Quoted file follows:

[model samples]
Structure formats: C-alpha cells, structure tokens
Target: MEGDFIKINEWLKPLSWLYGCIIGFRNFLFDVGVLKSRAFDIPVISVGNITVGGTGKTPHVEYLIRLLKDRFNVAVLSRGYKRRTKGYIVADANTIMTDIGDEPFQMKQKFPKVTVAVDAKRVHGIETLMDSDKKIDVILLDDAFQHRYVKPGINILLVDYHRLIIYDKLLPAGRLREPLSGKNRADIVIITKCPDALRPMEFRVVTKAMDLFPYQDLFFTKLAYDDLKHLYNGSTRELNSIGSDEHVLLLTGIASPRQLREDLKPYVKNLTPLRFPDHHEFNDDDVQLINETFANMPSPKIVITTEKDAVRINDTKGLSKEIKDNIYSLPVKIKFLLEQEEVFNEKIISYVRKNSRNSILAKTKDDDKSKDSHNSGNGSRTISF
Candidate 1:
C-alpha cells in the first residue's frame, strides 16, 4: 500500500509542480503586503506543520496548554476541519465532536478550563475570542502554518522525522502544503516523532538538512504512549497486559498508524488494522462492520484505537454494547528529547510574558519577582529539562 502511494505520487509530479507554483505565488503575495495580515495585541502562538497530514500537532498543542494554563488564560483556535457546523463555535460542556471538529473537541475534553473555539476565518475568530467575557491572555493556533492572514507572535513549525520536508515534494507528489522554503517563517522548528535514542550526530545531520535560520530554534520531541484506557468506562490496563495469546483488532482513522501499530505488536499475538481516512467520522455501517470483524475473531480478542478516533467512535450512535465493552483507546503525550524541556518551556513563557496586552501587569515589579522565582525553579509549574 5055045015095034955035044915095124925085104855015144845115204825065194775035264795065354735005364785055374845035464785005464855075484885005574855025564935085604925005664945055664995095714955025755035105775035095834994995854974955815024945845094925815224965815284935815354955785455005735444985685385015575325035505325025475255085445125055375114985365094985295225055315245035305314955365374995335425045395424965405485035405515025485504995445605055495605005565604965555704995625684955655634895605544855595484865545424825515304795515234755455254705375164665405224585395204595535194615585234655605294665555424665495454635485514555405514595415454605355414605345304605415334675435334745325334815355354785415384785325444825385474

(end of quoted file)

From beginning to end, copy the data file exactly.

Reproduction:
[model samples]
Structure formats: C-alpha cells, structure tokens
Target: MEGDFIKINEWLKPLSWLYGCIIGFRNFLFDVGVLKSRAFDIPVISVGNITVGGTGKTPHVEYLIRLLKDRFNVAVLSRGYKRRTKGYIVADANTIMTDIGDEPFQMKQKFPKVTVAVDAKRVHGIETLMDSDKKIDVILLDDAFQHRYVKPGINILLVDYHRLIIYDKLLPAGRLREPLSGKNRADIVIITKCPDALRPMEFRVVTKAMDLFPYQDLFFTKLAYDDLKHLYNGSTRELNSIGSDEHVLLLTGIASPRQLREDLKPYVKNLTPLRFPDHHEFNDDDVQLINETFANMPSPKIVITTEKDAVRINDTKGLSKEIKDNIYSLPVKIKFLLEQEEVFNEKIISYVRKNSRNSILAKTKDDDKSKDSHNSGNGSRTISF
Candidate 1:
C-alpha cells in the first residue's frame, strides 16, 4: 500500500509542480503586503506543520496548554476541519465532536478550563475570542502554518522525522502544503516523532538538512504512549497486559498508524488494522462492520484505537454494547528529547510574558519577582529539562 502511494505520487509530479507554483505565488503575495495580515495585541502562538497530514500537532498543542494554563488564560483556535457546523463555535460542556471538529473537541475534553473555539476565518475568530467575557491572555493556533492572514507572535513549525520536508515534494507528489522554503517563517522548528535514542550526530545531520535560520530554534520531541484506557468506562490496563495469546483488532482513522501499530505488536499475538481516512467520522455501517470483524475473531480478542478516533467512535450512535465493552483507546503525550524541556518551556513563557496586552501587569515589579522565582525553579509549574 5055045015095034955035044915095124925085104855015144845115204825065194775035264795065354735005364785055374845035464785005464855075484885005574855025564935085604925005664945055664995095714955025755035105775035095834994995854974955815024945845094925815224965815284935815354955785455005735444985685385015575325035505325025475255085445125055375114985365094985295225055315245035305314955365374995335425045395424965405485035405515025485504995445605055495605005565604965555704995625684955655634895605544855595484865545424825515304795515234755455254705375164665405224585395204595535194615585234655605294665555424665495454635485514555405514595415454605355414605345304605415334675435334745325334815355354785415384785325444825385474